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Here is some code that is not working how it is supposed to work. Every time the database is queried, I get either a 0 or 1 value for the options, and the values in database do not increment, even though as as you can see, in line 86 and 89, the values are being incremented. Any idea what's going wrong here? I am using Django on Google App engine.

        user_result = request.POST['json']
 65     user_result = json.loads(user_result)
 66     user_country = get_user_country(user_result)
 67     question_number = get_question_number(user_result)
 68     answered_option = get_answered_option(user_result)
 69 
 70     country_option_1 = 0
 71     country_option_2 = 0
 72     world_option_1 = 0
 73     world_option_2 = 0
 74 
 75     """
 76     Get already existing record for the question for the contry, or create
 77     new one and put/update in db
 78     """
 79 
 80     country_wide_data = db.GqlQuery("SELECT * FROM CountryWideData WHERE country = :1 AND questionNo = :2", user_country, question_number)
 81     flag = False
 82     for i in country_wide_data:
 83         flag = True
 84     if flag:
 85         if answered_option==1:
 86             country_wide_data[0].optionOne = country_wide_data[0].optionOne + 1
 87 
 88         elif answered_option==2:
 89             country_wide_data[0].optionTwo = country_wide_data[0].optionTwo + 1
 90         country_option_1 = country_wide_data[0].optionOne
 91         country_option_2 = country_wide_data[0].optionTwo
 92         country_wide_data[0].put()
 93     else:
 94         country_wide_data = CountryWideData(country=user_country, questionNo=question_number)
 95 
 96         if answered_option==1:
 97             country_wide_data.optionOne = 1
 98             country_wide_data.optionTwo = 0
 99         elif answered_option==2:
100             country_wide_data.optionOne = 0
101             country_wide_data.optionTwo = 1
102         country_option_1 = country_wide_data.optionOne
103         country_option_2 = country_wide_data.optionTwo
104         country_wide_data.put()
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1 Answer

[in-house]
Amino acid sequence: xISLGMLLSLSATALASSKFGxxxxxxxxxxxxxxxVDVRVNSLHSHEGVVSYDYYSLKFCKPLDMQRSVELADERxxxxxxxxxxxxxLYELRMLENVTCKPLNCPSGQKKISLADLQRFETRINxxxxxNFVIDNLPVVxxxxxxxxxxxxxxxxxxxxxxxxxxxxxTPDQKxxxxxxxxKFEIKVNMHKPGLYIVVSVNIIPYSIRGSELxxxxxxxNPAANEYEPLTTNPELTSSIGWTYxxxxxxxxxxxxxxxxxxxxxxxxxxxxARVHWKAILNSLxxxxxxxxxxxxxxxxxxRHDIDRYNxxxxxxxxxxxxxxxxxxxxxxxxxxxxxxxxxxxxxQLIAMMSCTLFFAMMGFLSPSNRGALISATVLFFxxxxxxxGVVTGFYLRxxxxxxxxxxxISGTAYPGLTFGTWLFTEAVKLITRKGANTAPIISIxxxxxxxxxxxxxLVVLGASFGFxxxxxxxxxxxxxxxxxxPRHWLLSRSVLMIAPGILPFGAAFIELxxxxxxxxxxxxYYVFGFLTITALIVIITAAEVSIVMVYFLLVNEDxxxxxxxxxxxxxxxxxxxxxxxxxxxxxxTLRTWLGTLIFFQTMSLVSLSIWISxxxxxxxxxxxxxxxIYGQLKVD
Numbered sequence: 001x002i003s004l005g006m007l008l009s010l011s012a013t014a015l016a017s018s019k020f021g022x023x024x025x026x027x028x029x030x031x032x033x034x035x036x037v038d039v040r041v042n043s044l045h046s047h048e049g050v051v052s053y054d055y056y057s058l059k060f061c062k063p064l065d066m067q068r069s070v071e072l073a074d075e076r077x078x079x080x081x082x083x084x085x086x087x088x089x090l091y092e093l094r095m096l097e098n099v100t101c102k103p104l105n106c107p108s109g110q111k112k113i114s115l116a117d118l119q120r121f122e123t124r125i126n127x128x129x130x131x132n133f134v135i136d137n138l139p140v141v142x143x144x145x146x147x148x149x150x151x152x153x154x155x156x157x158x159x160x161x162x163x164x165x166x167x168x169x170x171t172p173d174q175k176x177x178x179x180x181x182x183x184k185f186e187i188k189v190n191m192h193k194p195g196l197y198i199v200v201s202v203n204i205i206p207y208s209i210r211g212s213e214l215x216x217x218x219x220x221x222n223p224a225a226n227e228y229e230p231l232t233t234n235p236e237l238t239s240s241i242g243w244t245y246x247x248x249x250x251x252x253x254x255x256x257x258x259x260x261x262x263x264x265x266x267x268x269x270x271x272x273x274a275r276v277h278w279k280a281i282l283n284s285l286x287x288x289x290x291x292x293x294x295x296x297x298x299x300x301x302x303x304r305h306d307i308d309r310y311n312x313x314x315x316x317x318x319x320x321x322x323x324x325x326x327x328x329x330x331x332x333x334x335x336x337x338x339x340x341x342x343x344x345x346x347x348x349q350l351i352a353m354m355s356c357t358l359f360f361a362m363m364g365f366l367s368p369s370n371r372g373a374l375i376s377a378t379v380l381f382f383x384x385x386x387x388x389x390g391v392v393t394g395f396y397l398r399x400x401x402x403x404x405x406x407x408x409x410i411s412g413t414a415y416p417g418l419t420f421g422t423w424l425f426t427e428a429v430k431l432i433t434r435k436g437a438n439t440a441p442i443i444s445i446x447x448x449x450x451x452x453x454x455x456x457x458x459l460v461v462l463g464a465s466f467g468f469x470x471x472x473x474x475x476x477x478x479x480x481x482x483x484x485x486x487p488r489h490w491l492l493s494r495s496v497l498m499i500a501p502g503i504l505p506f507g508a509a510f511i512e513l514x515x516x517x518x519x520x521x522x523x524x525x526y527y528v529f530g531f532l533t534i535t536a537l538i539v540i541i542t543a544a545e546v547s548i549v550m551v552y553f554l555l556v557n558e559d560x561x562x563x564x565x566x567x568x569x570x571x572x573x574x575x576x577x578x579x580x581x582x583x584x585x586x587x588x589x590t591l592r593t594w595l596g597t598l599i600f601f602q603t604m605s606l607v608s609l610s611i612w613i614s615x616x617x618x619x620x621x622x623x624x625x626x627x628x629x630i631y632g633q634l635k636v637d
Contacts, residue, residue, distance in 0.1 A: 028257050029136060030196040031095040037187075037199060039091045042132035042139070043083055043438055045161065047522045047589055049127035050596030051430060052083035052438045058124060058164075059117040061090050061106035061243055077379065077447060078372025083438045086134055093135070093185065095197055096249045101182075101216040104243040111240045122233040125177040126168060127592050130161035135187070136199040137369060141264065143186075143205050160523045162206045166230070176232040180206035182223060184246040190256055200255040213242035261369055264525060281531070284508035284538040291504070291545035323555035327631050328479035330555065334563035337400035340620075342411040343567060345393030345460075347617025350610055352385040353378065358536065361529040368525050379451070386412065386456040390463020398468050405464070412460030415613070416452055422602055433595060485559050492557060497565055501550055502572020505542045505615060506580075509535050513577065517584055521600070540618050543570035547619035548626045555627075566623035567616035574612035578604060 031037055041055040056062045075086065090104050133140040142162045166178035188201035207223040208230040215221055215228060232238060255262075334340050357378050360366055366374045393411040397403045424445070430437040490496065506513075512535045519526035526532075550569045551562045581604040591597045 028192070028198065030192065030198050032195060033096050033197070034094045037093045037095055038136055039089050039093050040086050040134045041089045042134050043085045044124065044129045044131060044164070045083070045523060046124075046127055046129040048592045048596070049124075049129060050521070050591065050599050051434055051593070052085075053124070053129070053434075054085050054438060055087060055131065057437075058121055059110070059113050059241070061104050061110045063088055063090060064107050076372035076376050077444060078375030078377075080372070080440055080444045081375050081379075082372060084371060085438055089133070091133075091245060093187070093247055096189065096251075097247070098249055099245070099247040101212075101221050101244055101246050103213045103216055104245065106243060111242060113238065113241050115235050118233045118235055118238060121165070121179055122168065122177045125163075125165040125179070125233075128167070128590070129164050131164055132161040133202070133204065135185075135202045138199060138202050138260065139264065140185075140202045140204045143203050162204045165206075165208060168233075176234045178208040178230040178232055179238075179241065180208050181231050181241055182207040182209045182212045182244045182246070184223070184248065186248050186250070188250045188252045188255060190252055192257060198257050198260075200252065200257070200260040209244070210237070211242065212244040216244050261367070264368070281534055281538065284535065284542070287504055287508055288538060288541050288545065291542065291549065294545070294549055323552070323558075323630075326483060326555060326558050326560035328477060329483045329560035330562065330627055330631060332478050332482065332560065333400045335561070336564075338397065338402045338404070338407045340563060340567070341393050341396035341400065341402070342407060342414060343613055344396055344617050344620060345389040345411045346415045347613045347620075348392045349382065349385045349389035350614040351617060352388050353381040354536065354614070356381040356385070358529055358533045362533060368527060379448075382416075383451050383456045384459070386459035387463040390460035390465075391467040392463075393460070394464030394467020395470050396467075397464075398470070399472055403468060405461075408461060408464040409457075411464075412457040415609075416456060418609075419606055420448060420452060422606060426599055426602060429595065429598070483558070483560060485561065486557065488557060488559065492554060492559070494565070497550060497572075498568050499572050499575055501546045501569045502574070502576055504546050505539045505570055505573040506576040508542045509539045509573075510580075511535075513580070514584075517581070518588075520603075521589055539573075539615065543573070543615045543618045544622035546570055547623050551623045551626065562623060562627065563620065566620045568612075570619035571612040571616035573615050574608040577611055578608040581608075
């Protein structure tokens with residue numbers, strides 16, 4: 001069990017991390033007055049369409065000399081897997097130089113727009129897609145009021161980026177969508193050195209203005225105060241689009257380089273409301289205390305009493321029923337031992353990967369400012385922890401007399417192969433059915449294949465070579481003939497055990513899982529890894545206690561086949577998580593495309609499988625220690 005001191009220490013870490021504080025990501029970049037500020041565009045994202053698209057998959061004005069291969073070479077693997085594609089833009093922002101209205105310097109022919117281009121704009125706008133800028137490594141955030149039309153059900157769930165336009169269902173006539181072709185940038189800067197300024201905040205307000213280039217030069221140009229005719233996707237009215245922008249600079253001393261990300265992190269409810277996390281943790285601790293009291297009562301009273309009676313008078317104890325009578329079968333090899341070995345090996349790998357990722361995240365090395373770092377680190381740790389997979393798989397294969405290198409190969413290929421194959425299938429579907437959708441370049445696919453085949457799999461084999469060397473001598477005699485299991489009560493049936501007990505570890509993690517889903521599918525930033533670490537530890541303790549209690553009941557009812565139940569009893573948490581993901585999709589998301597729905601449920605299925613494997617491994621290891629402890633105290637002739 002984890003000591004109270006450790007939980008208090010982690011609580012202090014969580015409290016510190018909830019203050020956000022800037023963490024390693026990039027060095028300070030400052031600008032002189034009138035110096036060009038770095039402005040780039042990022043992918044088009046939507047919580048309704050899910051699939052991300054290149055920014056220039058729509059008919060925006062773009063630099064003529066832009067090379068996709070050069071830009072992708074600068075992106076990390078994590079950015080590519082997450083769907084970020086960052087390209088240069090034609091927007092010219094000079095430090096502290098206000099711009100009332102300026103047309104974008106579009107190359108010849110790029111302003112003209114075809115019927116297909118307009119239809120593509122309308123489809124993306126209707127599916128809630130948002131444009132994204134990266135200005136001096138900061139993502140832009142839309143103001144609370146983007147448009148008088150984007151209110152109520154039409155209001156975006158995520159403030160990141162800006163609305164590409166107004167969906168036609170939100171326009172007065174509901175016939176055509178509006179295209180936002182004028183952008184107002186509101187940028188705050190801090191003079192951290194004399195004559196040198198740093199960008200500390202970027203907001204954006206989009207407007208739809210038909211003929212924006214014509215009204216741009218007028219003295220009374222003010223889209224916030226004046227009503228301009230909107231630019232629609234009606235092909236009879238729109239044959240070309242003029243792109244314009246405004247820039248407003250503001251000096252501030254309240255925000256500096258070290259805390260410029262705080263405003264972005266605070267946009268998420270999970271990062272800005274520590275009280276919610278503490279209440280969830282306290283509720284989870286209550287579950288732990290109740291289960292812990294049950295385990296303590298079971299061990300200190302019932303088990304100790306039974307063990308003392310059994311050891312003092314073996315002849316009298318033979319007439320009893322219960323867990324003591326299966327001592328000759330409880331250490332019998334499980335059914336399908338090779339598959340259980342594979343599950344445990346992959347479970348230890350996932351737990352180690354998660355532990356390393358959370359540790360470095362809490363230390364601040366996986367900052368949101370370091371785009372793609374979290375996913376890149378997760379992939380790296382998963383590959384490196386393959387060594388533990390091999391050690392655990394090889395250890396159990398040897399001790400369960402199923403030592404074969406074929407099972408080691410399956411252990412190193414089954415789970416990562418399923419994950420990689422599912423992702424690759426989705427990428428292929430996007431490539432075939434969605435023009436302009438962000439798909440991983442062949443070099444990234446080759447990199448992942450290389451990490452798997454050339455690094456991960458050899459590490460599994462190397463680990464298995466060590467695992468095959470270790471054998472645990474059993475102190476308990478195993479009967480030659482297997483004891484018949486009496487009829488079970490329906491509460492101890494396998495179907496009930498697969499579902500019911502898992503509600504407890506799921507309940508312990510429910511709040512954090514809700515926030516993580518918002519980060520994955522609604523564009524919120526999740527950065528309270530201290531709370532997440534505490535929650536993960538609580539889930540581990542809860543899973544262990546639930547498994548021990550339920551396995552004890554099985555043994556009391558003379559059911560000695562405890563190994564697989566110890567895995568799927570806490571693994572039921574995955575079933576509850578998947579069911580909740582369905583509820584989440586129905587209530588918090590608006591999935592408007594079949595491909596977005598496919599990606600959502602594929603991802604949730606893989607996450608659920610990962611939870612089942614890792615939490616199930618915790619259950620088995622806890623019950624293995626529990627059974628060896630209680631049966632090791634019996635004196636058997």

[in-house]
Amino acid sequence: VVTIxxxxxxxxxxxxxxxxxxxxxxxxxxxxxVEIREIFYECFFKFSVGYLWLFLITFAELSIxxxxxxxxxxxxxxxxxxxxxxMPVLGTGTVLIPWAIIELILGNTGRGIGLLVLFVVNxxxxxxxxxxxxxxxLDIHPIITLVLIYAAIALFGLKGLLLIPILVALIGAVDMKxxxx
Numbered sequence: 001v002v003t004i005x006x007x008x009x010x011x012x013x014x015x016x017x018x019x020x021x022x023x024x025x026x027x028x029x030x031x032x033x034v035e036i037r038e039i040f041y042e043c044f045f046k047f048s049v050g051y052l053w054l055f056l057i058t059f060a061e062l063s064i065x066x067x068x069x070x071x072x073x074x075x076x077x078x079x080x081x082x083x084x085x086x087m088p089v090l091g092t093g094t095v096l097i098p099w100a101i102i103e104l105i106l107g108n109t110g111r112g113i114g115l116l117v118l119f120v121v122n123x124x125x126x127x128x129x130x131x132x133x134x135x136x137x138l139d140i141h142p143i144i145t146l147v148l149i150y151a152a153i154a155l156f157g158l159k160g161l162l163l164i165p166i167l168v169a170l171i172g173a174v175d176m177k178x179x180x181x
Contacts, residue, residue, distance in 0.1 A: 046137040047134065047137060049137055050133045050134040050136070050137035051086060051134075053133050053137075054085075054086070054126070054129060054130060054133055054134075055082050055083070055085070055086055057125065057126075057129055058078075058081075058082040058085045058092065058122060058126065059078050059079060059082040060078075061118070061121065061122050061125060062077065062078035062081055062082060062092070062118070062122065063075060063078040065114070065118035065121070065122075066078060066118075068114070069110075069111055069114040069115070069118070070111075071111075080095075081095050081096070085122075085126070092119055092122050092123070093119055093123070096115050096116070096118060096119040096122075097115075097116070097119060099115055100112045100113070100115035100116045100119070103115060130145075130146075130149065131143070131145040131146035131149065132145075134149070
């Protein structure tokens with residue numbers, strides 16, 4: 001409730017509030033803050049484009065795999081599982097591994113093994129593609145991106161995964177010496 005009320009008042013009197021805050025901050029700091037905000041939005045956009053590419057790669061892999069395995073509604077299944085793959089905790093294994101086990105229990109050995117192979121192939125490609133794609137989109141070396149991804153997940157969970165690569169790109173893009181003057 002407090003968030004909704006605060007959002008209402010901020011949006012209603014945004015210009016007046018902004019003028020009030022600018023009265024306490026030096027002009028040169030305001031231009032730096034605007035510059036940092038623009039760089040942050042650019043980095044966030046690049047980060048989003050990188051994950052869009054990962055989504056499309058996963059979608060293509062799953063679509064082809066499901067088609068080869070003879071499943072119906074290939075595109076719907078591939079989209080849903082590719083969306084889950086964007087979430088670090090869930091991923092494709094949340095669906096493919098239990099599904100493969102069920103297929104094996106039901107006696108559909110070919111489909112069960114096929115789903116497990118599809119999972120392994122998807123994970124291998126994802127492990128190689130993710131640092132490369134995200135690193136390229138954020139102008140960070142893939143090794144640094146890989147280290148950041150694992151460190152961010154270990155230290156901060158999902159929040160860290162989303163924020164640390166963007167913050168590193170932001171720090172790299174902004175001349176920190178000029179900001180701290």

up vote 3 down vote accepted

You are never using fetch() to actually execute the GqlQuery that you create in line 80.

Try this:

country_wide_data = db.GqlQuery("SELECT * FROM CountryWideData WHERE country = :1 AND questionNo = :2", user_country, question_number).fetch()

By the way, you are going to want to do this incrementing inside of a transaction; otherwise, you will get a race condition if more than one request can execute this code, and the counts will be inaccurate. The documentation on transactions is here: http://code.google.com/appengine/docs/python/datastore/transactions.html

Generally, you are going to want to take the code that creates or updates these entities and put them into functions, like this:

def increment_existing_data(key, answered):
    cwd_to_incr = db.get(key)
    if answered == 1:
        cwd_to_incr.optionOne += 1
    elif answered == 2:
        cwd_to_incr.optionTwo += 1
    cwd_to_incr.put()

def create_new_data(answered, user_country, question_number):
    new_data = CountryWideData(country=user_country, questionNo=question_number)
    if answered == 1:
        new_data.optionOne = 1
        new_data.optionTwo = 0
    elif answered == 2:
        new_data.optionOne = 0
        new_data.optionTwo = 1
    new_data.put()

Then, you can call these functions using the db.run_in_transacation method, like this:

country_wide_data = db.GqlQuery("SELECT * FROM CountryWideData WHERE country = :1 AND questionNo = :2", user_country, question_number).get()
if country_wide_data is not None:
    db.run_in_transaction(increment_existing_data, country_wide_data.key(), answered_option)
else:
    db.run_in_transaction(create_new_data, answered_option,  user_country, question_number)
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Thanks Adam! Though fetch needs an argument. fetch(1) worked for me. –  msk Feb 22 '10 at 14:30
    
Adams, any sample code of how you would go about updating the values using a transaction? Seems like GQL doesn't allow update statements. :/ –  msk Feb 22 '10 at 15:17
    
Shuaib: To execute a transaction, remove all your put statements and immediately, after your loop, add: dp.put(country_wide_data). –  dannyroa Feb 22 '10 at 23:11
    
dannyroa, that's not correct. Having just one put() statement will make sure that all of the changes to the entity happen at one time, but it son't do anything to prevent two different users from incrementing the entity at the same time, resulting in last-in-wins behavior and innacruate counts. Shuaib, I have added some code samples to help you understand how to use transactions. –  Adam Crossland Feb 23 '10 at 14:09
1  
Updating counters in transactions will solve the race condition, but it doesn't scale well. If there are more than two transactions per second you are likely to see TransactionFailedError that you'll have to catch and handle. Google has a great tutorial on sharding counters to solve both the race-condition problem and the transaction-scaling problem: code.google.com/appengine/articles/sharding_counters.html –  mb. Mar 3 '10 at 1:28
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